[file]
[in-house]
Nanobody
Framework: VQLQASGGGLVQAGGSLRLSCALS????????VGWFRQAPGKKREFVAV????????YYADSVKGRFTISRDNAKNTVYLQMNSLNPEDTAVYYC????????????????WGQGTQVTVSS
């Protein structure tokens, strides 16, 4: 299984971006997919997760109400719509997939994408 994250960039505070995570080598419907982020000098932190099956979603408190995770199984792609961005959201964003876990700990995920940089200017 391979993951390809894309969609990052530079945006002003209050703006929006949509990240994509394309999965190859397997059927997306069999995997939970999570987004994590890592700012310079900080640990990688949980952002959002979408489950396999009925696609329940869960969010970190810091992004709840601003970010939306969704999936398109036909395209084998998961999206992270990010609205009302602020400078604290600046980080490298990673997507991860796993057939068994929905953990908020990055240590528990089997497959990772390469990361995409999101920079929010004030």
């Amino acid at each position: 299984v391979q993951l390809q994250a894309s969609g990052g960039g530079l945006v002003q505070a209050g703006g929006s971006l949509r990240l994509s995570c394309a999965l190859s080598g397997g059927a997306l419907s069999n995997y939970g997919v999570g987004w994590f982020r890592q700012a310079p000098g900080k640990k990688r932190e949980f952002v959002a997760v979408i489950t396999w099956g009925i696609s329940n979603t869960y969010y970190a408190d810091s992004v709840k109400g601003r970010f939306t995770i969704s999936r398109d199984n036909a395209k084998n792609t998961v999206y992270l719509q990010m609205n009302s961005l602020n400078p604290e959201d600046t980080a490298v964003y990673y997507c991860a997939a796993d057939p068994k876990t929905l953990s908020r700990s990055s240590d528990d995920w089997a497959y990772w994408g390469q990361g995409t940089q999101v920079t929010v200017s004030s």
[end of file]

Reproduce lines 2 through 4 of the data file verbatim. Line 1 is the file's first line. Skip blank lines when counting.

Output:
Nanobody
Framework: VQLQASGGGLVQAGGSLRLSCALS????????VGWFRQAPGKKREFVAV????????YYADSVKGRFTISRDNAKNTVYLQMNSLNPEDTAVYYC????????????????WGQGTQVTVSS
């Protein structure tokens, strides 16, 4: 299984971006997919997760109400719509997939994408 994250960039505070995570080598419907982020000098932190099956979603408190995770199984792609961005959201964003876990700990995920940089200017 391979993951390809894309969609990052530079945006002003209050703006929006949509990240994509394309999965190859397997059927997306069999995997939970999570987004994590890592700012310079900080640990990688949980952002959002979408489950396999009925696609329940869960969010970190810091992004709840601003970010939306969704999936398109036909395209084998998961999206992270990010609205009302602020400078604290600046980080490298990673997507991860796993057939068994929905953990908020990055240590528990089997497959990772390469990361995409999101920079929010004030």